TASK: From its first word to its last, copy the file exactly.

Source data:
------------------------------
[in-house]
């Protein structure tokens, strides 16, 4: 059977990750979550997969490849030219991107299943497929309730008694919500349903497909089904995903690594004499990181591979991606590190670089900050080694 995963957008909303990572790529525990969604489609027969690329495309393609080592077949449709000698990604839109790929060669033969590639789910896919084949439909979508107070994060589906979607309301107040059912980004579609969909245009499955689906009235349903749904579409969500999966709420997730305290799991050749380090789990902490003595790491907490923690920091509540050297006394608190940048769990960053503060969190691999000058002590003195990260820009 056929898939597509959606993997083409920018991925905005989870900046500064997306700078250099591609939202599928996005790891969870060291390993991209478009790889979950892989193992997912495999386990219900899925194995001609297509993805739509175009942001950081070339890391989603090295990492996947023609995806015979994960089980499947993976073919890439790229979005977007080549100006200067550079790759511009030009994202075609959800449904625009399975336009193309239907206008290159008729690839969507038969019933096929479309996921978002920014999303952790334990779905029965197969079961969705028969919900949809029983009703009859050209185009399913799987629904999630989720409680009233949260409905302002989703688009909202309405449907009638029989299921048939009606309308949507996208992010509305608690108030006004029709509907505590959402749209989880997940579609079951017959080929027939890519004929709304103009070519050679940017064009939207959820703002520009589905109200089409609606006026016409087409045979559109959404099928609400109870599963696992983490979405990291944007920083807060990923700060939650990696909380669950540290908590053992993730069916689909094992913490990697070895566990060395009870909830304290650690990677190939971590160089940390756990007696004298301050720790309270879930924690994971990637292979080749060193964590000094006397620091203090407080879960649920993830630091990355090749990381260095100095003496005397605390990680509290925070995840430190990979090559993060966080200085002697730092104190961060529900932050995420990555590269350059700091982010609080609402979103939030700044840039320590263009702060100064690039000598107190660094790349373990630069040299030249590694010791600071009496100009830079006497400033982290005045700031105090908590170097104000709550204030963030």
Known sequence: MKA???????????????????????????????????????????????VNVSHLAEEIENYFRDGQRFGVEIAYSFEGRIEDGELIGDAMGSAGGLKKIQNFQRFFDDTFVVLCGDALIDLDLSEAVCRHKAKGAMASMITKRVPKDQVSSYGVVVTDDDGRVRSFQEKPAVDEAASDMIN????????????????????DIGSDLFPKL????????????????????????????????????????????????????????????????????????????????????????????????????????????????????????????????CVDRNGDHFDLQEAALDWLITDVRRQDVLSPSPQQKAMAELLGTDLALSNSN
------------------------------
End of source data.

[in-house]
């Protein structure tokens, strides 16, 4: 059977990750979550997969490849030219991107299943497929309730008694919500349903497909089904995903690594004499990181591979991606590190670089900050080694 995963957008909303990572790529525990969604489609027969690329495309393609080592077949449709000698990604839109790929060669033969590639789910896919084949439909979508107070994060589906979607309301107040059912980004579609969909245009499955689906009235349903749904579409969500999966709420997730305290799991050749380090789990902490003595790491907490923690920091509540050297006394608190940048769990960053503060969190691999000058002590003195990260820009 056929898939597509959606993997083409920018991925905005989870900046500064997306700078250099591609939202599928996005790891969870060291390993991209478009790889979950892989193992997912495999386990219900899925194995001609297509993805739509175009942001950081070339890391989603090295990492996947023609995806015979994960089980499947993976073919890439790229979005977007080549100006200067550079790759511009030009994202075609959800449904625009399975336009193309239907206008290159008729690839969507038969019933096929479309996921978002920014999303952790334990779905029965197969079961969705028969919900949809029983009703009859050209185009399913799987629904999630989720409680009233949260409905302002989703688009909202309405449907009638029989299921048939009606309308949507996208992010509305608690108030006004029709509907505590959402749209989880997940579609079951017959080929027939890519004929709304103009070519050679940017064009939207959820703002520009589905109200089409609606006026016409087409045979559109959404099928609400109870599963696992983490979405990291944007920083807060990923700060939650990696909380669950540290908590053992993730069916689909094992913490990697070895566990060395009870909830304290650690990677190939971590160089940390756990007696004298301050720790309270879930924690994971990637292979080749060193964590000094006397620091203090407080879960649920993830630091990355090749990381260095100095003496005397605390990680509290925070995840430190990979090559993060966080200085002697730092104190961060529900932050995420990555590269350059700091982010609080609402979103939030700044840039320590263009702060100064690039000598107190660094790349373990630069040299030249590694010791600071009496100009830079006497400033982290005045700031105090908590170097104000709550204030963030």
Known sequence: MKA???????????????????????????????????????????????VNVSHLAEEIENYFRDGQRFGVEIAYSFEGRIEDGELIGDAMGSAGGLKKIQNFQRFFDDTFVVLCGDALIDLDLSEAVCRHKAKGAMASMITKRVPKDQVSSYGVVVTDDDGRVRSFQEKPAVDEAASDMIN????????????????????DIGSDLFPKL????????????????????????????????????????????????????????????????????????????????????????????????????????????????????????????????CVDRNGDHFDLQEAALDWLITDVRRQDVLSPSPQQKAMAELLGTDLALSNSN